If you're a roadie that's thinking about trying out mountain biking, arm yourself with a little upfront knowledge. For those new to the trail, here are a few tips to make the transition from pavement to dirt easier:
1. Get Comfortable Moving Around on the Bike1 of 13
Road riders are seated on the bike for the majority of any given ride. They might get out stand on the pedals for some portion of a climb or a sprint; but most of the time a roadie stays in the saddle. Mountain bike riders are not seated for a good portion of any ride that includes technical or difficult climbs and descents.
2. Move Your Body Weight Forward on Steep Climbs2 of 13
When you climb steep trails or roads with loose sand, rocks and dirt, you will need to move your body weight forward so your rear wheel stays in contact with the earth, providing optimal traction. If you move your body weight too far forward, you lose traction. Move your body weight too far back and your front wheel can lift off the ground.
3. Pedal, Pedal, Pedal3 of 13
A big temptation on uphill sections is to get to an obstacle or tough section of the trail and stop pedaling so you can get a closer look at it, decide what to do and then make your move. If you've stopped dead in your tracks, more than likely you won't make it over or through the obstacle—that is, unless you can do a track stand and stunts a la trials bike rider Danny Macaskill.
You've got to make decisions about what to do on the fly and then pedal, pedal, pedal. Most of the time, momentum is your friend. There are times when too much speed is bad, but we'll save that discussion for another column.
4. Move Your Body Weight Back on Steep Descents4 of 13
A road rider will make minimal adjustments to forward and aft body position on the bike, whether climbing or descending. You can find photos of mountain bike riders descending steep roads and trails where their body position is so far back, the saddle is completely visible in front of their torso.
5. Trust That Your Equipment Can Handle a Beating5 of 13
Generally, road riders attempt to avoid hitting anything in their path—potholes, rocks, trash, road kill, etc.—because a hard hit can cause fork, frame and wheel damage.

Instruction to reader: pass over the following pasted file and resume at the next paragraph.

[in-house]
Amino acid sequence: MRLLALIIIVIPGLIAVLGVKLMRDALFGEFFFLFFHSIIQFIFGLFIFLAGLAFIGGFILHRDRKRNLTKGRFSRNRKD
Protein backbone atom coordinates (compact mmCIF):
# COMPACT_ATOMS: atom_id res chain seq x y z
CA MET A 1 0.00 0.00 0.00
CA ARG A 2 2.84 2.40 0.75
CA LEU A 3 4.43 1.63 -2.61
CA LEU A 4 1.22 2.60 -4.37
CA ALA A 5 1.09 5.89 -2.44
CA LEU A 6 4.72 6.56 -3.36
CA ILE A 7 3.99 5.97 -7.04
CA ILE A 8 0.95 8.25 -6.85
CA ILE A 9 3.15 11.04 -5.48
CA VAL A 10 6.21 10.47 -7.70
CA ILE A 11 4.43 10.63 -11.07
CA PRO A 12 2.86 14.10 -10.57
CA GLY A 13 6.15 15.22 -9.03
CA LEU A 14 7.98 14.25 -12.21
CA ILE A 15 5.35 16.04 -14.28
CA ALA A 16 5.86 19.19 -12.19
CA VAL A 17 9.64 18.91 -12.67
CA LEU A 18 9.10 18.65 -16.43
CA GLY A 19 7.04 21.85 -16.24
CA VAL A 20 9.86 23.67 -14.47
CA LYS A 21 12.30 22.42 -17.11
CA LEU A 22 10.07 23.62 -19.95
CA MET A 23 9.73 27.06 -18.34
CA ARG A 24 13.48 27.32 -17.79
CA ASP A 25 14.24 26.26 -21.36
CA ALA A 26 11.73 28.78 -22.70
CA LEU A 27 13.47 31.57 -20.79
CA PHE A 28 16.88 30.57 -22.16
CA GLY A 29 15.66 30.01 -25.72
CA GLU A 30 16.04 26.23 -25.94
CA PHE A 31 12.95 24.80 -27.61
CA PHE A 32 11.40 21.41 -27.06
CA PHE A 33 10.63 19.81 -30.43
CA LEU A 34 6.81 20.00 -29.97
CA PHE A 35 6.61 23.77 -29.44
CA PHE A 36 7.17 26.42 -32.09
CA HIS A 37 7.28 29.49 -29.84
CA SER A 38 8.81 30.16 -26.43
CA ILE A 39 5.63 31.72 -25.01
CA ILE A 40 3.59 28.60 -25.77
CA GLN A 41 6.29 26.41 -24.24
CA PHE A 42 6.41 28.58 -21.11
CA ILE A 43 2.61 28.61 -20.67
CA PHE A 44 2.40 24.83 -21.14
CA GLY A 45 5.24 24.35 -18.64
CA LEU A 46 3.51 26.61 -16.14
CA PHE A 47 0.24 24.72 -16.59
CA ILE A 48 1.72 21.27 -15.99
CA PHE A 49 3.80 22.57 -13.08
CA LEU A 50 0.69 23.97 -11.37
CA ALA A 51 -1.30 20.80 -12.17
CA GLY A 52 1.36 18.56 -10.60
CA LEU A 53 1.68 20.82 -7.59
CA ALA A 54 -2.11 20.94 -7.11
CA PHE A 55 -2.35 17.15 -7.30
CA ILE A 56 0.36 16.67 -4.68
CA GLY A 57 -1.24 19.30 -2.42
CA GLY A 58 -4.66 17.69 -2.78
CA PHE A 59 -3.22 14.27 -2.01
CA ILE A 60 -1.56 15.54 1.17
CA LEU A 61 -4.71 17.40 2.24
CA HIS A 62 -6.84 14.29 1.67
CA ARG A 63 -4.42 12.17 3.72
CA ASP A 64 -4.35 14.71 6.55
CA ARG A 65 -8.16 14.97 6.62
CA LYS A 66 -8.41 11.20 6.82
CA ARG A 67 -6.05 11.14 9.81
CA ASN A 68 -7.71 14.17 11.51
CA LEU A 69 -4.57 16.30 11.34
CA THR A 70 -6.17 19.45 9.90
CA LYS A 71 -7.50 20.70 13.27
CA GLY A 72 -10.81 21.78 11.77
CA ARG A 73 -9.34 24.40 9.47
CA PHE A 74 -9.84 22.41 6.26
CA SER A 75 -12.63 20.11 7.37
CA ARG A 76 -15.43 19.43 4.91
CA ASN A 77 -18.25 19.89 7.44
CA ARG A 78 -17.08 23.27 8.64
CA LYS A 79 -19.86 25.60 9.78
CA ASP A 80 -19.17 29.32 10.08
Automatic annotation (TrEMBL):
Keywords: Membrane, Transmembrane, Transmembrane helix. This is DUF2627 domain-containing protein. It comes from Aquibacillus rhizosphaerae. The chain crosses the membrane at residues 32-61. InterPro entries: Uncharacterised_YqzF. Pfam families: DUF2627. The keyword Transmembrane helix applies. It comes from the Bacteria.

Mountain bikes, on the other hand, can be ridden into and over obstacles because the shock system absorbs a good part of the impact. This impact includes dropping off of small and large cliffs. Trusting that your equipment can handle these blows to the bike will make you a more confident and skilled rider.
6. Your Equipment Will Get Scratched, Bent, Dented and Otherwise Damaged Cosmetically6 of 13
Cyclists can keep road bikes in pristine condition for years of riding, sans the occasional crash. If you attempt to ride off road hoping not to get any scratches on your nifty frame or carbon cranks, you should probably ride on a bike path or groomed dirt trail with no technical sections.
7. In Some Cases, it Is Better to Go Over the Big Rock Than Around it7 of 13
Roadies see rocks as obstacles in the trail to be avoided. Mountain bike riders see rocks as naturally placed playground equipment. Sometimes it is a better option to just ride over the rock than attempt to go around it.
8. Some Trail Sections Are Perfectly Walkable8 of 13
Yes, even the best riders get off their bikes and walk some of the really hairy sections of trail. Don't expect to ride every section of every trail. In fact, sometimes it's more energy and time efficient to just get off the bike and walk.
9. Expect Instability9 of 13
On a mountain bike, expect to have a feeling of sliding around on loose dirt, gravel, rocks and tree roots while you're riding. Unlike road riding, the ground is often loose and moving beneath you.
If you can relax and not over-correct your bike as it slides around beneath you, it is easier to remain upright. Being scared or getting nervous that the ground feels like ice can make you tense. Expecting instability makes it easier for you to relax and handle rough sections of trail.
10. Look Ahead at Least 15 Feet and Decide Where You Want to Go10 of 13
One temptation is to look ahead and become fixated on an obstacle, watching that obstacle until you are literally on top of it. If you're doing that, you have not picked your next move after the obstacle.
Look ahead, pick a path and then trust your equipment can handle it. Also trust that you can make adjustments by feeling how your bike is responding to the trail. Feel your way through it, don't try to see your way through it.
11. On Some Rides, Plan to Work on Skills and Forget About Aerobic Fitness11 of 13
This means you will get off the bike and complete several "do overs" on one or more sections of the trail that you want to master. When your legs get too tired to give solid effort on tough sections, call it quits for that a day.
12. Ride with Experienced Riders That Will Help You Learn to Mountain Bike on Ability-Appropriate Terrain12 of 13
Riding with people who want to take you over the toughest local trails on your first six outings on a mountain bike will likely lead to a bad experience and discouragement.
Ride with people that will take the time to help you learn new skills on terrain that is appropriate for beginners. Mastering small obstacles and getting some foundation skills will help you be a better rider in the long run and lowers the likelihood that you'll get discouraged and quit.
Mountain bike riding is excellent cross training for road riding. Taking a break from the road and hitting the dirt can revive waning enthusiasm and improve your overall fitness. If you're tired of the road, consider getting dirty.